“Where have you been?
I was worried!
I called… [list of 3 people]…for a ride home.
I almost started walking.
And so my daughter assailed me when I was 13 minutes late to pick her up. I texted her twice and called by phone once during those 13 minutes to let her know when I was on my way.
Earlier that afternoon, I dropped my daughter off at the clinic for a physical. Calculating that her appointment would take about an hour, I told her that I would be driving to the bank to run an errand. When she finished ahead of schedule, she texted me. My muted cell phone stayed in my purse as I spoke with the bank representative. With the representative out of the room at the one hour mark, I pulled my phone out to check the time and to text my daughter that I would be five minutes late. After two more phone updates telling my daughter that I was on my way, I later picked her up at the clinic.
There was comfortable indoor seating, there was no threat of infectious disease, my daughter was not injured or in pain, the clinic was not under siege, and she had wireless access at the clinic. As a healthy teenager, she had already eaten two meals that day.
Yet she was ready to report me for parental neglect because I was delayed in picking her up.
This was a child who learned to self-soothe. As a baby, she easily soothed herself to sleep. I did not deprive her of the chance to learn how to fall asleep on her own, provided she was fed, dry, comfortable, and not anxious. She learned independence at every step, often before I was ready to let her go. As a teenager, she is a self-assured young lady who thrives on outdoor adventure challenges. As a young adult, my daughter has mastered many intellectual and logistical pursuits. I am proud and amazed at her incredible accomplishments. Yet waiting for me for 40 minutes overall, 13 of them beyond the one hour anticipated appointment time, was too much for her.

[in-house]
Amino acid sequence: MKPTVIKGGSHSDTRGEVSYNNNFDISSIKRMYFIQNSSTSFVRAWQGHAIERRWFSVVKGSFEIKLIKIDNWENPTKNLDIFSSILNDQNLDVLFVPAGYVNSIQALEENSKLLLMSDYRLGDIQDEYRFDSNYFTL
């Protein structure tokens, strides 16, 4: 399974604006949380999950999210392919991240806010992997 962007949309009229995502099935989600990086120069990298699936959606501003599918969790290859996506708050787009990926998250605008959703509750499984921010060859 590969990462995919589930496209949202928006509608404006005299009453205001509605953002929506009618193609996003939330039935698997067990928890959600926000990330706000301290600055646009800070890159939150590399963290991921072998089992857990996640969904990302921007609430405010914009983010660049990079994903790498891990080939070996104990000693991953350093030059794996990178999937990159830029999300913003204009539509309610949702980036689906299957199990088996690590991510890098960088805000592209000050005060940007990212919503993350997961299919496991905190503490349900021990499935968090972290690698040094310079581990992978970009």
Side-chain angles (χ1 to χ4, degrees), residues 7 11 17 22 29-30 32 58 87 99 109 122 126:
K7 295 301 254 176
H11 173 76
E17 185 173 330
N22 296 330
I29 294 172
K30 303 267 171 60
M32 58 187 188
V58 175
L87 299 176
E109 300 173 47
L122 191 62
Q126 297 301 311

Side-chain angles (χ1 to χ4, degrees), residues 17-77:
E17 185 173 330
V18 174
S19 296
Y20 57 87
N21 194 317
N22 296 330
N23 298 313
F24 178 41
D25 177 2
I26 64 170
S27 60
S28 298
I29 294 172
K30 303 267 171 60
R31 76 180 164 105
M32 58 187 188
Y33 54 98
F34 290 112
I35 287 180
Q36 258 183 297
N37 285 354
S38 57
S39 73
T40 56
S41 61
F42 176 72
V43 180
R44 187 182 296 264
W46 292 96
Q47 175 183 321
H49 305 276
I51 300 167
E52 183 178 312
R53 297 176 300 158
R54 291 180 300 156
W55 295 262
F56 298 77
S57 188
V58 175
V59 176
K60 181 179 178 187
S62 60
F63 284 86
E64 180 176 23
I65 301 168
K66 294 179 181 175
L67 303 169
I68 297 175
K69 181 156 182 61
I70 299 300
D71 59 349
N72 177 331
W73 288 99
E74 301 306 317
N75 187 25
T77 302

In my day, I waited up to an hour for my mother to pick me up. If she said she was picking me up after an event, I knew she was coming. I had no way to contact her, but I trusted that she would come as soon as she could. I knew that I was important to her, but I also realized that she had other obligations. In the cold Minnesota weather, I was lucky if I could wait inside for my ride. Never did I question my mother’s schedule, what she did before picking me up, or why she came when she did. I did not complain when she came; I was just glad for the ride.
As much as I adore and prioritize my kids on my list of responsibilities, I have a life and other obligations beyond parenting. I have the right to ignore my cell phone during a business appointment. (Sometimes I turn it off even when nothing else is going on!)
I hope to teach my children how to wait patiently and pass the time without immersing themselves in a screen, but I don’t know if that is possible for this generation.
[Originally posted June 2015]